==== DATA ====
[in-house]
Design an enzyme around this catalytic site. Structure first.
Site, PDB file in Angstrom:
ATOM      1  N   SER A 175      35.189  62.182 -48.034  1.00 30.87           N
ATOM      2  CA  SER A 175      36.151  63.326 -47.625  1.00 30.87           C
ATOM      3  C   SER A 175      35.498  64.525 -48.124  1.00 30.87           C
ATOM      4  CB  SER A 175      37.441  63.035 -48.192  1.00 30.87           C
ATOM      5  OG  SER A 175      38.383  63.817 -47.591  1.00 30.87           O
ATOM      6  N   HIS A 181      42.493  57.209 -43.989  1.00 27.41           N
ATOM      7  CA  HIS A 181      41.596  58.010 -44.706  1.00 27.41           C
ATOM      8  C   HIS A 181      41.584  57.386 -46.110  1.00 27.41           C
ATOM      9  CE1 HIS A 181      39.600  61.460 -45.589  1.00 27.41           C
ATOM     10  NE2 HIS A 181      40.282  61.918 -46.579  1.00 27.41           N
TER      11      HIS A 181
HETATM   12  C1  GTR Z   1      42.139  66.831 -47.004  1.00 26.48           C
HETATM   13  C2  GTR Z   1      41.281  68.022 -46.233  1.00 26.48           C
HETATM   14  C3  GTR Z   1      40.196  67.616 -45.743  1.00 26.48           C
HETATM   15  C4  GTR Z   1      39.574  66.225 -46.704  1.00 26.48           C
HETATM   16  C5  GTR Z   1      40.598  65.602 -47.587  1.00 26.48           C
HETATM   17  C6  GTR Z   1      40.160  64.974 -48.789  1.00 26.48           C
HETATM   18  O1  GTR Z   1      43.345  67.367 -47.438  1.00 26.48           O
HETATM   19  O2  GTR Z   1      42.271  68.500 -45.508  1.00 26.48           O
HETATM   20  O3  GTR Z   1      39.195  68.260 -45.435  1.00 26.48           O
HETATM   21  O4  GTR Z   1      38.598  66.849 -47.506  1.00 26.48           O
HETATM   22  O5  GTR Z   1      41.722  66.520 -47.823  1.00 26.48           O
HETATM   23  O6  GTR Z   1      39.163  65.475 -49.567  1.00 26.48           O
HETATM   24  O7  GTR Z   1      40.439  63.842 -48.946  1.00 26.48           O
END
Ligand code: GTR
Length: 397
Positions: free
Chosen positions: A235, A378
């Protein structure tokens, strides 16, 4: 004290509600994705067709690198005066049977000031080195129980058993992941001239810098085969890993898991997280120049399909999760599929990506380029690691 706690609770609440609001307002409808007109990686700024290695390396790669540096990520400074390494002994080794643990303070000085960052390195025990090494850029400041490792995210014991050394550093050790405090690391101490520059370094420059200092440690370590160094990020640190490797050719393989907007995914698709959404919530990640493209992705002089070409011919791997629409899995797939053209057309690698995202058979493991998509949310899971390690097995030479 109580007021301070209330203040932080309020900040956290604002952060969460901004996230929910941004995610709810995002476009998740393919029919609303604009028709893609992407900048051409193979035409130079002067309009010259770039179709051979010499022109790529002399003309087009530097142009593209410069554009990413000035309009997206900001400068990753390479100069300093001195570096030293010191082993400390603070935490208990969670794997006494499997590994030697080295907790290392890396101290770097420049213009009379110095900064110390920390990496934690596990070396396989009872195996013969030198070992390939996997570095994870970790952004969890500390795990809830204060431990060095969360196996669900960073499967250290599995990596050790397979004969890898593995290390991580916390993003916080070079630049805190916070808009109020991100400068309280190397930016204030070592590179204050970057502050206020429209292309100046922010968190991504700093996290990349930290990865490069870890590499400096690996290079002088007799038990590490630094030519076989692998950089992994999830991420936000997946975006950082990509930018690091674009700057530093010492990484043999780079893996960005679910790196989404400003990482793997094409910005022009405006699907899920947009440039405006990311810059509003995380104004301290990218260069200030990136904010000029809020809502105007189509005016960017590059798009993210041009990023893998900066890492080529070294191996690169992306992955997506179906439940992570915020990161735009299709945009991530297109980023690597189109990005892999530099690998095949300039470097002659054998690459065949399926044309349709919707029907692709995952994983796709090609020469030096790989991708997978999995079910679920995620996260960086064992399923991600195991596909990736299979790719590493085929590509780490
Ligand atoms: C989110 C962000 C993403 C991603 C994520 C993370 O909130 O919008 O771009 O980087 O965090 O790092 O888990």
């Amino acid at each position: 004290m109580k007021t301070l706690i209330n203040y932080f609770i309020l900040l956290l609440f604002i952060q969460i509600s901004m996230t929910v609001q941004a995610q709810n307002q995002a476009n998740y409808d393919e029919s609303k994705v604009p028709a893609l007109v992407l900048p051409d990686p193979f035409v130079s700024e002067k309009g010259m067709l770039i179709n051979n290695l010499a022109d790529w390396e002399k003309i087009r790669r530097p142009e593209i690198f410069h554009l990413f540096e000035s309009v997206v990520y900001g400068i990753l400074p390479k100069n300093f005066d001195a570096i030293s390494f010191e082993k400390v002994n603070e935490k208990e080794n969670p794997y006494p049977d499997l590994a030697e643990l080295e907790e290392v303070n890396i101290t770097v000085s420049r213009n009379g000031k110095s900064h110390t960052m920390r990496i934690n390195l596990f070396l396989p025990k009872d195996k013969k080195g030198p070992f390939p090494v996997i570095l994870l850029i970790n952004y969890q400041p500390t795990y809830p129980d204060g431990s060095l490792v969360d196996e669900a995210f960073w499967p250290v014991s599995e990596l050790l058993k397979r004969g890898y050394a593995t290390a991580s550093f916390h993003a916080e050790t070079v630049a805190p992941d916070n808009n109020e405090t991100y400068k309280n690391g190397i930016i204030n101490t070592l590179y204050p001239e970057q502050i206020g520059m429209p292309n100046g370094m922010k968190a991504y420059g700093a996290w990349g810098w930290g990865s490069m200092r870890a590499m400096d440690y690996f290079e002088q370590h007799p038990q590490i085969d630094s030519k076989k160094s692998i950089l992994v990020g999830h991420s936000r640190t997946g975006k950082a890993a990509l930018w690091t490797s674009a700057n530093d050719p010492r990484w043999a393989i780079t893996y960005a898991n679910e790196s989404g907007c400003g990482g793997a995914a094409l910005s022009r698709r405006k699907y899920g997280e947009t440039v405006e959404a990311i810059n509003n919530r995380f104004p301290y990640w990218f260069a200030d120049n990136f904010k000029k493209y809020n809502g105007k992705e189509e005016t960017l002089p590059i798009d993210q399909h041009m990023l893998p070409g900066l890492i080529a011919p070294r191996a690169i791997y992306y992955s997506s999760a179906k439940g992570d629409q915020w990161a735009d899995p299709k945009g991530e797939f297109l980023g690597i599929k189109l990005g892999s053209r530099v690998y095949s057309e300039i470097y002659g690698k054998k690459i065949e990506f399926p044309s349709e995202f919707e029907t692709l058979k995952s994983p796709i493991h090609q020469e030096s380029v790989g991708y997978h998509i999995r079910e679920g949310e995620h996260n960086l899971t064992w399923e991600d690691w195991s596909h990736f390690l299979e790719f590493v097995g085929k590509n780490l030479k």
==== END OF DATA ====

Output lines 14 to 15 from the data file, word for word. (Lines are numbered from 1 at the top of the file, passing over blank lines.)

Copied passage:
TER      11      HIS A 181
HETATM   12  C1  GTR Z   1      42.139  66.831 -47.004  1.00 26.48           C